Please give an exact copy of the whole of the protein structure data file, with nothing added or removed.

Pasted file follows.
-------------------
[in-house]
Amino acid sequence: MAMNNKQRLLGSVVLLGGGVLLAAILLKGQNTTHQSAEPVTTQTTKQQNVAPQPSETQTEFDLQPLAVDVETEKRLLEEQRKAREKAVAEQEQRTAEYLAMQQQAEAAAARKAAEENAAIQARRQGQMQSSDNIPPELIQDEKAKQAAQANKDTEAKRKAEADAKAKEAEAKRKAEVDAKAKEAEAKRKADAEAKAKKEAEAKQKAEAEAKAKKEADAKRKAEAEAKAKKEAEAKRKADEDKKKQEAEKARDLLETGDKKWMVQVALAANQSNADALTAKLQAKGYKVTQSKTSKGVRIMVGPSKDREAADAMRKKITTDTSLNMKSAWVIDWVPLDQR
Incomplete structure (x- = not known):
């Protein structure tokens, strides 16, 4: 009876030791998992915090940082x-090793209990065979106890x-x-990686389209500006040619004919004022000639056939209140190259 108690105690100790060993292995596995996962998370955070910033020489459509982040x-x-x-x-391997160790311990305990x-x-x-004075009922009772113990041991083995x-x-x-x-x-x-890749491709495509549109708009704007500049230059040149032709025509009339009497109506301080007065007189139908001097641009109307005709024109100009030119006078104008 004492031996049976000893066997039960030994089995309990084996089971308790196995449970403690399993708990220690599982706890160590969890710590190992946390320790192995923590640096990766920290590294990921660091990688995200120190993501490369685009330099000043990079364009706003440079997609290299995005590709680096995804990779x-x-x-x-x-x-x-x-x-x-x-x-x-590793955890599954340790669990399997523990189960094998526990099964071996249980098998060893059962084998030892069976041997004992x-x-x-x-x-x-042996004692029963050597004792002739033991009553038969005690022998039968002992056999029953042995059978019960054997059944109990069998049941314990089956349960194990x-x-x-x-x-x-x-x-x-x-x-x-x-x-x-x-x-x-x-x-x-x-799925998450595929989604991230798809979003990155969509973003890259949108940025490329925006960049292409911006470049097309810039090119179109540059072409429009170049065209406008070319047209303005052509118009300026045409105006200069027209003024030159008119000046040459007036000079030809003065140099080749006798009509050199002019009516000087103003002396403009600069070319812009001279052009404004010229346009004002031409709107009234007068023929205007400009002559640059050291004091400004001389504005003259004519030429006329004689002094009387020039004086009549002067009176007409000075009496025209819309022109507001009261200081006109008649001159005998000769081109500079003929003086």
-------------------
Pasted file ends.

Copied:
[in-house]
Amino acid sequence: MAMNNKQRLLGSVVLLGGGVLLAAILLKGQNTTHQSAEPVTTQTTKQQNVAPQPSETQTEFDLQPLAVDVETEKRLLEEQRKAREKAVAEQEQRTAEYLAMQQQAEAAAARKAAEENAAIQARRQGQMQSSDNIPPELIQDEKAKQAAQANKDTEAKRKAEADAKAKEAEAKRKAEVDAKAKEAEAKRKADAEAKAKKEAEAKQKAEAEAKAKKEADAKRKAEAEAKAKKEAEAKRKADEDKKKQEAEKARDLLETGDKKWMVQVALAANQSNADALTAKLQAKGYKVTQSKTSKGVRIMVGPSKDREAADAMRKKITTDTSLNMKSAWVIDWVPLDQR
Incomplete structure (x- = not known):
């Protein structure tokens, strides 16, 4: 009876030791998992915090940082x-090793209990065979106890x-x-990686389209500006040619004919004022000639056939209140190259 108690105690100790060993292995596995996962998370955070910033020489459509982040x-x-x-x-391997160790311990305990x-x-x-004075009922009772113990041991083995x-x-x-x-x-x-890749491709495509549109708009704007500049230059040149032709025509009339009497109506301080007065007189139908001097641009109307005709024109100009030119006078104008 004492031996049976000893066997039960030994089995309990084996089971308790196995449970403690399993708990220690599982706890160590969890710590190992946390320790192995923590640096990766920290590294990921660091990688995200120190993501490369685009330099000043990079364009706003440079997609290299995005590709680096995804990779x-x-x-x-x-x-x-x-x-x-x-x-x-590793955890599954340790669990399997523990189960094998526990099964071996249980098998060893059962084998030892069976041997004992x-x-x-x-x-x-042996004692029963050597004792002739033991009553038969005690022998039968002992056999029953042995059978019960054997059944109990069998049941314990089956349960194990x-x-x-x-x-x-x-x-x-x-x-x-x-x-x-x-x-x-x-x-x-x-799925998450595929989604991230798809979003990155969509973003890259949108940025490329925006960049292409911006470049097309810039090119179109540059072409429009170049065209406008070319047209303005052509118009300026045409105006200069027209003024030159008119000046040459007036000079030809003065140099080749006798009509050199002019009516000087103003002396403009600069070319812009001279052009404004010229346009004002031409709107009234007068023929205007400009002559640059050291004091400004001389504005003259004519030429006329004689002094009387020039004086009549002067009176007409000075009496025209819309022109507001009261200081006109008649001159005998000769081109500079003929003086």